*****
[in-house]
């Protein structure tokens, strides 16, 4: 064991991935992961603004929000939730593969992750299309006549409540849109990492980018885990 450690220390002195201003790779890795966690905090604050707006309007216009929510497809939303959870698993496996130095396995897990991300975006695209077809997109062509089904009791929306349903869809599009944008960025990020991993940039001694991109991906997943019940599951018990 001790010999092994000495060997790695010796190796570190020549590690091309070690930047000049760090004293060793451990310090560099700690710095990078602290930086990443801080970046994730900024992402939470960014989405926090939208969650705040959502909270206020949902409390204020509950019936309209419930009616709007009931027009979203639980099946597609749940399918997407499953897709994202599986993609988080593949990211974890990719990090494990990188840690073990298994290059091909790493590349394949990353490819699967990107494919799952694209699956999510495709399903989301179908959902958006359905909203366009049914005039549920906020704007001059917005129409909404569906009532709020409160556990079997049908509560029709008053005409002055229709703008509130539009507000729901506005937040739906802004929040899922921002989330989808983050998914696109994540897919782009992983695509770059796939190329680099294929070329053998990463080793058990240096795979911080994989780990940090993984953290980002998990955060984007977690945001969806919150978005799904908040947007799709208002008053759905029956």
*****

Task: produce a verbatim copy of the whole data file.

[in-house]
């Protein structure tokens, strides 16, 4: 064991991935992961603004929000939730593969992750299309006549409540849109990492980018885990 450690220390002195201003790779890795966690905090604050707006309007216009929510497809939303959870698993496996130095396995897990991300975006695209077809997109062509089904009791929306349903869809599009944008960025990020991993940039001694991109991906997943019940599951018990 001790010999092994000495060997790695010796190796570190020549590690091309070690930047000049760090004293060793451990310090560099700690710095990078602290930086990443801080970046994730900024992402939470960014989405926090939208969650705040959502909270206020949902409390204020509950019936309209419930009616709007009931027009979203639980099946597609749940399918997407499953897709994202599986993609988080593949990211974890990719990090494990990188840690073990298994290059091909790493590349394949990353490819699967990107494919799952694209699956999510495709399903989301179908959902958006359905909203366009049914005039549920906020704007001059917005129409909404569906009532709020409160556990079997049908509560029709008053005409002055229709703008509130539009507000729901506005937040739906802004929040899922921002989330989808983050998914696109994540897919782009992983695509770059796939190329680099294929070329053998990463080793058990240096795979911080994989780990940090993984953290980002998990955060984007977690945001969806919150978005799904908040947007799709208002008053759905029956």